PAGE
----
Government Code section 815 provides that a public entity is not liable for injuries except as provided by statute. The phrase "as provided by statute" is to be given its broadest possible meaning. ( Levine v. City of Los Angeles (1977) 68 Cal.App.3d 481, 487 [ 137 Cal.Rptr. 512].) "It is not interpreted to mean that public entities are liable in tort only when the Legislature has enacted a statute imposing liability which on its face is applicable to public bodies. Rather, a liability is deemed `provided by statute' if a statute defines the tort in general terms." ( Ibid. [Civ. Code, § 1714]; accord, Lopez v. Southern Cal. Rapid Transit Dist. (1985) 40 Cal.3d 780, 785, fn. 2 [ 221 Cal.Rptr. 840, 710 P.2d 907] [Civ. Code, § 2100]; Nestle v. City of Santa Monica (1972) 6 Cal.3d 920, 933-937 [ 101 Cal.Rptr. 568 Page 529, 496 P.2d 480].) Civil Code sections 51.7 and 52 define a tort in general terms. Accordingly, in the absence of an immunity, a public entity and its employees are liable for violations of Civil Code sections 51.7 and 52.
In addition, the state Constitution may provide a cause of action against a public entity independent of any statute providing for liability. ( Fenton v. Groveland Community Services Dist. (1982) 135 Cal.App.3d 797, 804 [ 185 Cal.Rptr. 758] .) A constitutional right contained in a self-executing provision of the state Constitution supports a cause of action for damages. ( Ibid.) Article I, section 7 of the state Constitution provides: "A person may not be deprived of life, liberty, or property without due process of law or denied equal protection of the laws. . . ." This provision is presumed to be self-executing. (135 Cal.App.3d at p. 805 [constitutional right to vote]; Laguna Publishing Co. v. Golden Rain Foundation (1982) 131 Cal.App.3d 816, 851-853 [ 182 Cal.Rptr. 813] [constitutional rights to free speech and press]; Porten v. University of San Francisco (1976) 64 Cal.App.3d 825, 829-832 [ 134 Cal.Rptr. 839] [constitutional right to privacy]; cf. Clausing v. San Francisco Unified School Dist. (1990) 221 Cal.App.3d 1224, 1237 [ 271 Cal.Rptr. 72] [constitutional right to safe schools]; Leger v. Stockton Unified School Dist., supra, 202 Cal.App.3d at pp. 1453-1457 [same].) Government Code section 815 is not a bar to a cause of action for violation of a self-executing state constitutional right. ( Fenton v. Groveland Community Services Dist., supra, 135 Cal.App.3d at pp. 804-805.)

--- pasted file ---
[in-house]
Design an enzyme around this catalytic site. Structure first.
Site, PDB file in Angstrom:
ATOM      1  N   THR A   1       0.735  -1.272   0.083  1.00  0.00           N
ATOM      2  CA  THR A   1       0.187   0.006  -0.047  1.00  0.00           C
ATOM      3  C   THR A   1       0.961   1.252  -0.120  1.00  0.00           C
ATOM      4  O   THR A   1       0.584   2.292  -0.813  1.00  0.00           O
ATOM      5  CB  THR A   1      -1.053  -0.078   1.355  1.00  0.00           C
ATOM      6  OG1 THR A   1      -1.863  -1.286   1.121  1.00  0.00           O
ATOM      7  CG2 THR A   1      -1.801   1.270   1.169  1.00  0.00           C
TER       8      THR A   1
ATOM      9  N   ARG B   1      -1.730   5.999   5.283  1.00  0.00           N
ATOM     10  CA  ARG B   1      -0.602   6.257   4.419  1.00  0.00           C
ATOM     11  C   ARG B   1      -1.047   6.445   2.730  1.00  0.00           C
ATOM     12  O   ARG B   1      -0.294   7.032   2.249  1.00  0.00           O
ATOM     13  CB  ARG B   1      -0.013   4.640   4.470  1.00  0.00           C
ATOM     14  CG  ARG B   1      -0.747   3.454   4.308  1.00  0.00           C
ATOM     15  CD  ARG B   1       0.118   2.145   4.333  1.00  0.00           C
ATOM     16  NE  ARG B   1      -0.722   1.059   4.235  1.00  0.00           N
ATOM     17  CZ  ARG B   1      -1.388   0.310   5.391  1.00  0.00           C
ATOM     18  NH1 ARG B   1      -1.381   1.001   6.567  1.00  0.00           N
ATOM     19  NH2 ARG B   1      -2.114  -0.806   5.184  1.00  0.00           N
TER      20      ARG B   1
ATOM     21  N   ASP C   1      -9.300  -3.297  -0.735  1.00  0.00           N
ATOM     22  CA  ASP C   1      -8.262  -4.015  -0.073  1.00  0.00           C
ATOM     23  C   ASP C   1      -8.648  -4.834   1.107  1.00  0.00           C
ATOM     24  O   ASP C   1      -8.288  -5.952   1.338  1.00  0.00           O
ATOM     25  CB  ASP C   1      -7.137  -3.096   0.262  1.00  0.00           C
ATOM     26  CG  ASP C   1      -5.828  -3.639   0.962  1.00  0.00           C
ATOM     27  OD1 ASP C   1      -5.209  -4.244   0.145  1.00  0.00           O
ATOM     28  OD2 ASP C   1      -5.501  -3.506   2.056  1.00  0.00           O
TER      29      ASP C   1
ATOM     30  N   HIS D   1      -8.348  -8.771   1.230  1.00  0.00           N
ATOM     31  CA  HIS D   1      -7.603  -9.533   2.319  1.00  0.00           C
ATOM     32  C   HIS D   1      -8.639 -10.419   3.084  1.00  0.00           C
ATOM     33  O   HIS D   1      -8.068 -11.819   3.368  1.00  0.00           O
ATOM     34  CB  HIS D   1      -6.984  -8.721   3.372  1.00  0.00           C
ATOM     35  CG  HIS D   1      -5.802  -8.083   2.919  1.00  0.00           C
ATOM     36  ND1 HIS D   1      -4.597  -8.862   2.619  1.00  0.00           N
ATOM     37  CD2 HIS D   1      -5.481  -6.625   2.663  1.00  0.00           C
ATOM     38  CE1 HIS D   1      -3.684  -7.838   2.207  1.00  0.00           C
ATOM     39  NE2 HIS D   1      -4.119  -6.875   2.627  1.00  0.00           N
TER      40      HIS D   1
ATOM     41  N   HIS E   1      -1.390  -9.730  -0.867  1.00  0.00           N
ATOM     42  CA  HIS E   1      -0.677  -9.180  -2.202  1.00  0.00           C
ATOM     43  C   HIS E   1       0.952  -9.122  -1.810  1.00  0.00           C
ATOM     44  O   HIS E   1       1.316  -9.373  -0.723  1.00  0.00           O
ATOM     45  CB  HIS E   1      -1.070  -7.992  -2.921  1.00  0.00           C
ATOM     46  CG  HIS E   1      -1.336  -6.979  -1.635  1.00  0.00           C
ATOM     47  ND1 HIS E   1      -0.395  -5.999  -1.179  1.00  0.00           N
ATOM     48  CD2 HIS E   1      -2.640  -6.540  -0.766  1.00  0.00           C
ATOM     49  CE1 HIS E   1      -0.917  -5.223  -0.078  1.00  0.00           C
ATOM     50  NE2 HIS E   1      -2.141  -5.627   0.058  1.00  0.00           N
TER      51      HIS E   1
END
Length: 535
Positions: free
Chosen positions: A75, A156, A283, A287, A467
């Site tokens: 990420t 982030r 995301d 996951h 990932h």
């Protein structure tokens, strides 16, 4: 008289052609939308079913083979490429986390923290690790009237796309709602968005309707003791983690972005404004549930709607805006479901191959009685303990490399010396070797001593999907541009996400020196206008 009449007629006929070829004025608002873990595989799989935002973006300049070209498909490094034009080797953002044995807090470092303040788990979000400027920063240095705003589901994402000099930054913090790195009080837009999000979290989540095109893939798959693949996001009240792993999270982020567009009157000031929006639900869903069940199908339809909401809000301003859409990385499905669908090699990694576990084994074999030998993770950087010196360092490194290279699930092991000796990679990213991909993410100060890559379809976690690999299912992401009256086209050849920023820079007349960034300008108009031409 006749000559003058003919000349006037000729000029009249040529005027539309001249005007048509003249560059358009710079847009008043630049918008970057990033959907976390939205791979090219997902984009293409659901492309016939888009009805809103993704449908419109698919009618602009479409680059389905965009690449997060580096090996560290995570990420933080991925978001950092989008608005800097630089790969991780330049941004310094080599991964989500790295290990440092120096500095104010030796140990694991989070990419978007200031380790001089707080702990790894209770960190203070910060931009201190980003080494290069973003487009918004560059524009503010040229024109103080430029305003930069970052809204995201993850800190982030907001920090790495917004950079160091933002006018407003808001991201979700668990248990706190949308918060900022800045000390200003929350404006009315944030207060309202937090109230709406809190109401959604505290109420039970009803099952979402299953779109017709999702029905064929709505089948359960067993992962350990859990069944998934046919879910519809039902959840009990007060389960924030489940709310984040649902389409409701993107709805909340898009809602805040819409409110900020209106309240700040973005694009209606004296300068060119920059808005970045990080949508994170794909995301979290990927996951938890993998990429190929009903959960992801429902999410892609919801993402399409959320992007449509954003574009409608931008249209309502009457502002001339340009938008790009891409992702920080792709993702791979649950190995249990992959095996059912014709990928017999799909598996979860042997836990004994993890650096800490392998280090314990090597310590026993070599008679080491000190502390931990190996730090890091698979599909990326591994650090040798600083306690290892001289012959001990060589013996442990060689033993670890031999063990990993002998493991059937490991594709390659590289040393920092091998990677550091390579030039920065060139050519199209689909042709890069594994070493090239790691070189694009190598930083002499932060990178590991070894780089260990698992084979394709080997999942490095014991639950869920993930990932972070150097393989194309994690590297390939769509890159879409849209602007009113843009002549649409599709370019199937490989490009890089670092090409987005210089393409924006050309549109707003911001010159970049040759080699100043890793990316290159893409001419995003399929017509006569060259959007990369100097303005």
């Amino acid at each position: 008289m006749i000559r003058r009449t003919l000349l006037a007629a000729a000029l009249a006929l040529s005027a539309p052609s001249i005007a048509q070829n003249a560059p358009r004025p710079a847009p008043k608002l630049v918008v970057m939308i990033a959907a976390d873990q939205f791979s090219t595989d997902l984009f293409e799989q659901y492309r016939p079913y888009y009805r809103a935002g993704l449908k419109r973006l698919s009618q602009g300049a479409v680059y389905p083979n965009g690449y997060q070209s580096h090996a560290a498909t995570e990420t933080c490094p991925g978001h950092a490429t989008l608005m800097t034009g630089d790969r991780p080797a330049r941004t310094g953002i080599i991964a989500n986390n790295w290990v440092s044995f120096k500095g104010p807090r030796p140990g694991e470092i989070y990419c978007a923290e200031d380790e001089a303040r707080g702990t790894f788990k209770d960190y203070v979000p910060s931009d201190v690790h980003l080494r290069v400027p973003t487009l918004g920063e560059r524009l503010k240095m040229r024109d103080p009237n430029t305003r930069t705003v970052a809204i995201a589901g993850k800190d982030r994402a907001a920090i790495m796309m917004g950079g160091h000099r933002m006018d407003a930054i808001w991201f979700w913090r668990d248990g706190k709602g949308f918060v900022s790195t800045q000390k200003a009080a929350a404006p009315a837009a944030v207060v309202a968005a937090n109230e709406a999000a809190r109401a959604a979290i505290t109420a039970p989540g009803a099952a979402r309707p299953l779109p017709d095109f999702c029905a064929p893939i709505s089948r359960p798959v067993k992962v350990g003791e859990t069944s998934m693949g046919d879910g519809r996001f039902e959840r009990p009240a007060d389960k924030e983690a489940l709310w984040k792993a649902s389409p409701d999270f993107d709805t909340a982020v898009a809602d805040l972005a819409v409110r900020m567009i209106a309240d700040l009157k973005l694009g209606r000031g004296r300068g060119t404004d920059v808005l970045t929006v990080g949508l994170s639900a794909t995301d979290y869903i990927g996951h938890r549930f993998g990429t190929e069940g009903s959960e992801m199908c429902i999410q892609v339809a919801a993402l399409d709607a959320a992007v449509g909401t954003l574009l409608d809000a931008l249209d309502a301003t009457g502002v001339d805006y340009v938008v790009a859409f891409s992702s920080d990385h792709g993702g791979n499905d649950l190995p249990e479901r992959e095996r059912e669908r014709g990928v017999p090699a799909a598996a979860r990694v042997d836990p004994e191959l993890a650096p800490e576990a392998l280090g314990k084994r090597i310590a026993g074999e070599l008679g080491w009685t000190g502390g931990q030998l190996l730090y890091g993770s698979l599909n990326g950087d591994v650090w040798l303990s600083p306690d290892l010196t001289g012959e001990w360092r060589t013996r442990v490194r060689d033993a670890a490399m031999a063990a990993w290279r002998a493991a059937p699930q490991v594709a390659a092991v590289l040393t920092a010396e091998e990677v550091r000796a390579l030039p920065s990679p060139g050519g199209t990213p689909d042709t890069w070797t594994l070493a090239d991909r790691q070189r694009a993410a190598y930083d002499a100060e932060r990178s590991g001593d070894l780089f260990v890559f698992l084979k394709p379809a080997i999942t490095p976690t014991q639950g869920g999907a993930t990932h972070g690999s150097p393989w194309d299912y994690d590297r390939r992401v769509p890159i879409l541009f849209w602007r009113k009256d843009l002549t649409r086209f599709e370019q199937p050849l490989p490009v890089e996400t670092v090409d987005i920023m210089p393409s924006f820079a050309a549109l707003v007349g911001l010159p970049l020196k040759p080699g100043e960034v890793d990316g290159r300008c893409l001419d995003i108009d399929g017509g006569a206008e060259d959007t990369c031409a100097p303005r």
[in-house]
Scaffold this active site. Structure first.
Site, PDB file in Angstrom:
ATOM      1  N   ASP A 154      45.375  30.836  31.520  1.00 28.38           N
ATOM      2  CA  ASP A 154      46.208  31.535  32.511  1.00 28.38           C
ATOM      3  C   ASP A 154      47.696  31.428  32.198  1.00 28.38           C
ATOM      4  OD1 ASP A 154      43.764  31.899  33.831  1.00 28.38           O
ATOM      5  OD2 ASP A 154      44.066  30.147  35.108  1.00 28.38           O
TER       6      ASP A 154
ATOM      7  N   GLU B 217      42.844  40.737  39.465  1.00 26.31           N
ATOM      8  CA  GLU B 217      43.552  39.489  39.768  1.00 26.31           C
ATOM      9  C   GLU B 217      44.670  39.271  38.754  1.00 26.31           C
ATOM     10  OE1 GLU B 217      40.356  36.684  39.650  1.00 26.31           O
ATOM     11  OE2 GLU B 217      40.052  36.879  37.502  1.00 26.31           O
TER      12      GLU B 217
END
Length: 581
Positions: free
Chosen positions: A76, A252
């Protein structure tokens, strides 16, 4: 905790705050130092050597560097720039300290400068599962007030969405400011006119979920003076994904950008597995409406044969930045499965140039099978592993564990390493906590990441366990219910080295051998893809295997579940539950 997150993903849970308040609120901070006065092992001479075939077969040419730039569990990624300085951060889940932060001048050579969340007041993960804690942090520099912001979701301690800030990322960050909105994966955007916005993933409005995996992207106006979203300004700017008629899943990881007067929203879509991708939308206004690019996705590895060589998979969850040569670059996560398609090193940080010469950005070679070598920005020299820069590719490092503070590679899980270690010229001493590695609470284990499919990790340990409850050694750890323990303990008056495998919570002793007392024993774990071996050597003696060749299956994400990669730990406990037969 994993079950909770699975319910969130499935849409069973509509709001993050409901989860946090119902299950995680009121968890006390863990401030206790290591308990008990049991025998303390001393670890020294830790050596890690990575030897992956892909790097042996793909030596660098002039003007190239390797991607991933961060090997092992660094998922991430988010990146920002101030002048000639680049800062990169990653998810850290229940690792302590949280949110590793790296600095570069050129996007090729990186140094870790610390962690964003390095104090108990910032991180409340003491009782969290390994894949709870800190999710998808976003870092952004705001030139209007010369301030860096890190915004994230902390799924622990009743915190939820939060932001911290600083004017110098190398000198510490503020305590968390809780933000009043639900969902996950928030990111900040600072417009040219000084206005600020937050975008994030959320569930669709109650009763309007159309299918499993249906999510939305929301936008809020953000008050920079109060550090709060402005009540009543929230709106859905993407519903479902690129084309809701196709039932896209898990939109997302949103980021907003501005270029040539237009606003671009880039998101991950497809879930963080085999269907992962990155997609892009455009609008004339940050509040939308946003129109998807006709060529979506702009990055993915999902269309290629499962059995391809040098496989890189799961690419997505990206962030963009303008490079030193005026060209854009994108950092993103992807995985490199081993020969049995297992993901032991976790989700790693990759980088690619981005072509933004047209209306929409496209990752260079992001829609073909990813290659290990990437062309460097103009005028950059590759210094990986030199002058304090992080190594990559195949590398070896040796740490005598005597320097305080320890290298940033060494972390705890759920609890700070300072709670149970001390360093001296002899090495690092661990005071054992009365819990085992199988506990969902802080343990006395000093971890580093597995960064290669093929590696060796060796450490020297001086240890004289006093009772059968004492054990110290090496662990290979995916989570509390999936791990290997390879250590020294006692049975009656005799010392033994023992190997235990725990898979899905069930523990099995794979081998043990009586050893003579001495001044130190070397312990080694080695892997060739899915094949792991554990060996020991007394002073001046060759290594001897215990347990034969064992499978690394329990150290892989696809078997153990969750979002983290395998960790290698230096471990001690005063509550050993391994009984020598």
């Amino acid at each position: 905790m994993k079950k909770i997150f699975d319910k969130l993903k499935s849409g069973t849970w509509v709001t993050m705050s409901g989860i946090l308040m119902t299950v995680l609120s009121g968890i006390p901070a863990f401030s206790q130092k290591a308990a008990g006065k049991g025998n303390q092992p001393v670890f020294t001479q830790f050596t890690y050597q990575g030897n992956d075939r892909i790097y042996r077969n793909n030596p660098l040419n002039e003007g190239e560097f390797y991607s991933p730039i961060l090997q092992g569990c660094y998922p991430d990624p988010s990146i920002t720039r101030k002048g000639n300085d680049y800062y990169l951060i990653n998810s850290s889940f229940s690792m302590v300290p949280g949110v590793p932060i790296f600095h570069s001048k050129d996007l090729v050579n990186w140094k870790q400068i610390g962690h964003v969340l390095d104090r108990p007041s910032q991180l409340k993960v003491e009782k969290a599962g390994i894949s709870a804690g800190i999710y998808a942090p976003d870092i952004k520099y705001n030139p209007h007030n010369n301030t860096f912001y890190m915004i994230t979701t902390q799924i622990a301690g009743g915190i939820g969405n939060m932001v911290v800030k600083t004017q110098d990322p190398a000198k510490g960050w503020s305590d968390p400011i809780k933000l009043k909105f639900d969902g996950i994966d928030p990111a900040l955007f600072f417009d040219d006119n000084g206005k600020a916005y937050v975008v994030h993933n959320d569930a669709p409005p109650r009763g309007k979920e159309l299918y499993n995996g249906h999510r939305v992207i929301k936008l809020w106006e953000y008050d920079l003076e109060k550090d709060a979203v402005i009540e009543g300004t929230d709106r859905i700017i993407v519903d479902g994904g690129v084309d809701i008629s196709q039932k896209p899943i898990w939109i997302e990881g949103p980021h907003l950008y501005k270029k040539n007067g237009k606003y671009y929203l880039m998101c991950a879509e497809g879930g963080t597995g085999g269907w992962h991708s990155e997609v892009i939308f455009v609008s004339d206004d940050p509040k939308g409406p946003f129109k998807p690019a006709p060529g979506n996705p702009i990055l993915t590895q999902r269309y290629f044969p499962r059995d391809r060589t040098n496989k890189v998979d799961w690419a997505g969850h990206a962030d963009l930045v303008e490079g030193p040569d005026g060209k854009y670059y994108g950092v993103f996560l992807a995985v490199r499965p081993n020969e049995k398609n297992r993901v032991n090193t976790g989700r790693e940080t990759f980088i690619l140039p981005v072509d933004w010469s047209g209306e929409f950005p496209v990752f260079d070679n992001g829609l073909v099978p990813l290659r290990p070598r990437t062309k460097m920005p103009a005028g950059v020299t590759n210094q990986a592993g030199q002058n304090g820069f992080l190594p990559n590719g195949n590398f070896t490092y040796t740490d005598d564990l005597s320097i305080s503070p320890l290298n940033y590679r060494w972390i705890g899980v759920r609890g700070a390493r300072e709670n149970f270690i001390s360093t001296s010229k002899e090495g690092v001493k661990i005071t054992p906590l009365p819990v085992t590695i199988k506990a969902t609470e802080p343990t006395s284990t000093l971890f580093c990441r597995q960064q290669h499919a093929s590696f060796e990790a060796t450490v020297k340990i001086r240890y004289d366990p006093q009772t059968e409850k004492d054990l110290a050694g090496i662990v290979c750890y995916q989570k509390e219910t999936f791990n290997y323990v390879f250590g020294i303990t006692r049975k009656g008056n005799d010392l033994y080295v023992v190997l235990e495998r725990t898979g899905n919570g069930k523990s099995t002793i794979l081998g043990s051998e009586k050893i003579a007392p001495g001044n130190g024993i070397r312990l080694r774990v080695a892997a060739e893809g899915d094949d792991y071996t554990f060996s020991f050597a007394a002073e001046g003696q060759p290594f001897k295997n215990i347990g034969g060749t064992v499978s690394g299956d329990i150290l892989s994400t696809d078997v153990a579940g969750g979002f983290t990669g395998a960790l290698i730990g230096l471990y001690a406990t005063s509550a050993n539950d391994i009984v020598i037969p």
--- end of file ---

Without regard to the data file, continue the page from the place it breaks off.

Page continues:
From the foregoing, it is apparent that, in the absence of immunity, public entities and employees may be liable for violations of a plaintiff's state constitutional right to equal protection and for violations of Civil Code sections 51.7 and 52. In this case, plaintiffs have sufficiently pleaded violations of these duties by defendants. Although plaintiffs have titled their causes of action statutory violations of Civil Code sections 51.7 and 52, they expressly allege deprivations of their right to equal protection of the laws, a state constitutional right. "Whether plaintiff can prove these allegations, or whether it will be difficult to prove them, are not appropriate questions for a reviewing court when ruling on a demurrer." ( Leger v. Stockton Unified School Dist., supra, 202 Cal.App.3d at p. 1460.)
Once it has been determined a public entity and its employees owe a duty to a plaintiff, it must next be determined whether the public entity and its employees are immune from liability. The existence of a duty does not overcome an immunity barrier to liability; the two concepts must be separately analyzed. ( Davidson v. City of Westminster, supra, 32 Cal.3d at p. 202.) "`[I]n governmental tort cases "the rule is liability, immunity is the exception". . . .'" ( Lopez v. Southern Cal. Rapid Transit Dist., supra, 40 Cal.3d at pp. 792-793.)
In this case, defendants assert they are immune from liability under Government Code section 845. Government Code section 845 provides: "Neither a public entity nor a public employee is liable for failure to establish a police department or otherwise to provide police protection service or, if police protection service is provided, for failure to provide sufficient police protection service." Government Code "section 845 was designed to protect from judicial review in tort litigation the political and budgetary decisions of policymakers, who must determine whether to provide police officers or their functional equivalents." ( Leger v. Stockton Unified School Dist., supra, 202 Cal.App.3d at p. 1463; Peterson v. San Francisco Community College Dist. (1984) 36 Cal.3d 799, 815 [ 205 Cal.Rptr. 842, 685 P.2d 1193]; Carpenter v. City of Los Angeles (1991) 230 Cal.App.3d 923, 934-935 [ 281 Cal.Rptr. 500].)